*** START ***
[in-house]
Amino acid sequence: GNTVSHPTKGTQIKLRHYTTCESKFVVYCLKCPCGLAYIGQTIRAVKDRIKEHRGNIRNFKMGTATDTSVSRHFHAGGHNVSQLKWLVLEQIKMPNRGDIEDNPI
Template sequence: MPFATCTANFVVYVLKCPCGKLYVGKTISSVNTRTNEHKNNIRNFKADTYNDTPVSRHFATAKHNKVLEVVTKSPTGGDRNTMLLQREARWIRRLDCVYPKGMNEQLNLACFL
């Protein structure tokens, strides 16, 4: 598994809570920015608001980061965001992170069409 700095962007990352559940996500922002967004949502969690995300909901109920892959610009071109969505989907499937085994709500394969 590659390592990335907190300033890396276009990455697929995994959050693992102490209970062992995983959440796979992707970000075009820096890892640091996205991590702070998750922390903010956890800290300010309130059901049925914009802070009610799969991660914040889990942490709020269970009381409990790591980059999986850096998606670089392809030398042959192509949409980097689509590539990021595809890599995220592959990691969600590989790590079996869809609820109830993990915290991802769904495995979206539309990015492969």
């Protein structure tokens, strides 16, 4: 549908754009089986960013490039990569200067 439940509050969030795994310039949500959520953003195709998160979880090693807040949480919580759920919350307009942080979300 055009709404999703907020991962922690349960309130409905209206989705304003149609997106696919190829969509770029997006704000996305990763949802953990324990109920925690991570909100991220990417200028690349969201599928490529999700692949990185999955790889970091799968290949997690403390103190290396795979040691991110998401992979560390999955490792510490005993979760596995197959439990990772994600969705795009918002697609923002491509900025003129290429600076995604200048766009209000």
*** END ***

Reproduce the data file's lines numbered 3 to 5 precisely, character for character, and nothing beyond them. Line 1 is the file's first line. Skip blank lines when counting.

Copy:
Template sequence: MPFATCTANFVVYVLKCPCGKLYVGKTISSVNTRTNEHKNNIRNFKADTYNDTPVSRHFATAKHNKVLEVVTKSPTGGDRNTMLLQREARWIRRLDCVYPKGMNEQLNLACFL
């Protein structure tokens, strides 16, 4: 598994809570920015608001980061965001992170069409 700095962007990352559940996500922002967004949502969690995300909901109920892959610009071109969505989907499937085994709500394969 590659390592990335907190300033890396276009990455697929995994959050693992102490209970062992995983959440796979992707970000075009820096890892640091996205991590702070998750922390903010956890800290300010309130059901049925914009802070009610799969991660914040889990942490709020269970009381409990790591980059999986850096998606670089392809030398042959192509949409980097689509590539990021595809890599995220592959990691969600590989790590079996869809609820109830993990915290991802769904495995979206539309990015492969």
């Protein structure tokens, strides 16, 4: 549908754009089986960013490039990569200067 439940509050969030795994310039949500959520953003195709998160979880090693807040949480919580759920919350307009942080979300 055009709404999703907020991962922690349960309130409905209206989705304003149609997106696919190829969509770029997006704000996305990763949802953990324990109920925690991570909100991220990417200028690349969201599928490529999700692949990185999955790889970091799968290949997690403390103190290396795979040691991110998401992979560390999955490792510490005993979760596995197959439990990772994600969705795009918002697609923002491509900025003129290429600076995604200048766009209000």